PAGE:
For a snapshot of China’s future, talk with students at Beijing High School 101. Decked out in their blue-and-white uniforms to meet visiting Western journalists (organized by the Committee of 100, a private U.S. group that promotes Chinese-American dialogue), the children are astonishingly bright and well-spoken in English. But even here at the top of the heap, there’s a fragility. They’re all products of China’s one-child policy, and you sense the heavy expectations of their parents: Study, succeed, prosper, don’t lose your seat on the express train to riches. . . .

At Tsinghua University, a graduate student named Yin Wang offers a catchy and probably accurate line: “Young people don’t care who succeeds Hu Jintao; they care about who succeeds Michael Jackson.”

A recurring theme here is self-censorship by a population that doesn’t want to risk crossing the fuzzy limits on free speech. Students attend journalism school partly to learn what subjects are off-limits. Young reporters who dig beyond the official account get branded as “unreliable” and lose good assignments.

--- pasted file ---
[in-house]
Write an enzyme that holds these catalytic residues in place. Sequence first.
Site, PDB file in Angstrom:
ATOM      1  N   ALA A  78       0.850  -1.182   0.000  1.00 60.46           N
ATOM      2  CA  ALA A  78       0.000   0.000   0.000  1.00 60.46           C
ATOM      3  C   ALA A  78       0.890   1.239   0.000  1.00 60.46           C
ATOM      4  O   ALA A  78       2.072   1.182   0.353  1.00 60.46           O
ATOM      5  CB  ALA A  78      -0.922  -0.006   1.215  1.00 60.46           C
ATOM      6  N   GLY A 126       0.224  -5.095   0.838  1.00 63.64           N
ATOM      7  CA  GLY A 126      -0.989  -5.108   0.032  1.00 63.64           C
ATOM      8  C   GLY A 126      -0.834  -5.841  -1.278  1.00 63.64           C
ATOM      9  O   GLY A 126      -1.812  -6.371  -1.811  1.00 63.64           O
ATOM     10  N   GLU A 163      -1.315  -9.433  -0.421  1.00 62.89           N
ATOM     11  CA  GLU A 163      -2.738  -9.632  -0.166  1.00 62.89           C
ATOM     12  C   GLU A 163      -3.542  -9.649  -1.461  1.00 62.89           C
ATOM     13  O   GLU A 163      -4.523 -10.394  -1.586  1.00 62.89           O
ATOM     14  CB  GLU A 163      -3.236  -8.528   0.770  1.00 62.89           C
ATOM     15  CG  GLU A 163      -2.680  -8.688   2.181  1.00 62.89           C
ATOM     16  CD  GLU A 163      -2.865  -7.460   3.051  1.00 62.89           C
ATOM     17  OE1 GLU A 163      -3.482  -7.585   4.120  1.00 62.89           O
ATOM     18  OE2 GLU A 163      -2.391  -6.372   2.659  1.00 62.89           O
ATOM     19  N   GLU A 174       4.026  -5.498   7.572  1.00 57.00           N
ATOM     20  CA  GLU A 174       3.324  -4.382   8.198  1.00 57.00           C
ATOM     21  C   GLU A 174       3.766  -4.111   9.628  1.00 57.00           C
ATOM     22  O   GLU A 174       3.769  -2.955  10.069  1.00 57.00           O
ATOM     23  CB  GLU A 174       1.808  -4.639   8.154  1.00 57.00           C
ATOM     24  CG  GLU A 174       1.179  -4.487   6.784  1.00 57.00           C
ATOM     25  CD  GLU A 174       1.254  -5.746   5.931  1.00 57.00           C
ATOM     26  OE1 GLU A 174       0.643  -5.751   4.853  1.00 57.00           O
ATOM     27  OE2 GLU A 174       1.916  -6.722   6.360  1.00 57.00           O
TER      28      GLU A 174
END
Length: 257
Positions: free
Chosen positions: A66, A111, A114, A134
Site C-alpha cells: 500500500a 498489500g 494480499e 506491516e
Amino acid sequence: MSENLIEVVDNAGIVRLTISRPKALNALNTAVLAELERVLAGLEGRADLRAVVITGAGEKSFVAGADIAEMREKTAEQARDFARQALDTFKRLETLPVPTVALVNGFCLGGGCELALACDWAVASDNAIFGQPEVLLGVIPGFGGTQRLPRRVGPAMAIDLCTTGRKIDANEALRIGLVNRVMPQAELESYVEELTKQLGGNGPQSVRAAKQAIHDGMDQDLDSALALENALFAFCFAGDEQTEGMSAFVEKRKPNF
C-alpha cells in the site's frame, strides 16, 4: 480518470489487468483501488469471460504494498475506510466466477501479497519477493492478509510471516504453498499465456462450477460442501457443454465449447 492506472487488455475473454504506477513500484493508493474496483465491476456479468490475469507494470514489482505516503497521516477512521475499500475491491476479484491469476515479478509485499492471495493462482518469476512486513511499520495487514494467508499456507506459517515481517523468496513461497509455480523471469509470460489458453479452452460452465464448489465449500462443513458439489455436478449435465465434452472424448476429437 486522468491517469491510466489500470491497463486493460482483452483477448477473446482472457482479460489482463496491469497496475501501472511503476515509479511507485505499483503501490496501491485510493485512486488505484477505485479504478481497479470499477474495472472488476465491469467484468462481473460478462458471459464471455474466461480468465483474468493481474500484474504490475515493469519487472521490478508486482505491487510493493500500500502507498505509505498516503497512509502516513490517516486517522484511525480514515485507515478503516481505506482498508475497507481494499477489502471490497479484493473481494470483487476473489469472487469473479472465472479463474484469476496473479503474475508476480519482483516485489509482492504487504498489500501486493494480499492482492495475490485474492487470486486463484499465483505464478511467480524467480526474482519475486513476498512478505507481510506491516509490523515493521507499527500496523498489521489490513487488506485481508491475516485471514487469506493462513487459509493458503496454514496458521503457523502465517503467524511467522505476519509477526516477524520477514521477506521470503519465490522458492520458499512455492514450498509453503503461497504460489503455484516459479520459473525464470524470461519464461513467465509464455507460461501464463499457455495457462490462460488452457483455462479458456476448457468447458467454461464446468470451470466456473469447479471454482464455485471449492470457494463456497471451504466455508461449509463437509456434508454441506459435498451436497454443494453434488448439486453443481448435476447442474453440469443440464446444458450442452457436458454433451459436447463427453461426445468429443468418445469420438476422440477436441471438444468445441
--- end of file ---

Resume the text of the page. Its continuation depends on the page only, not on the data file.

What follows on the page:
The government monitors the Internet to keep it tame, and Chinese businesses and consumers play along. One of China’s biggest Web sites is said to employ 100 people to scan the proliferation of micro-blogs here. Parents avoid telling their children about the Tiananmen protests for fear they will ask more questions — and get in trouble.

The threat to this elite urban life comes from the still-poor rural provinces. The Chinese revolution began among such peasants, and there’s an almost palpable fear that the new China’s growing inequality could trigger another such revolt. That’s one reason people are nervous about democracy: They don’t want to enfranchise those angry peasants.

via David Ignatius – In China, it’s all about prosperity, not freedom.

And isn’t that a danger here as well, that materialism and our entertainment fixation (“who will succeed Michael Jackson?”), are breeding political and spiritual apathy?

Money pollution in the Gulf

The Gulf coast way of life survived the oil spill.  But will it survive all of that money BP has thrown at them?

On a truly normal evening, Acy Cooper Jr. would be out shrimping. Instead, one recent night, he was staying home, as he has done more often these days.

“Why? It don’t pay me to do that when they’re going to pay my claim anyway,” said Cooper, vice president of the state’s shrimpers association.

Today, it is BP’s money, not its oil, that is most visibly altering the Gulf Coast. The company has been trying – on federal orders – to protect not just the water but the way of life there. But BP’s waterfall of cash has changed people’s lives profoundly.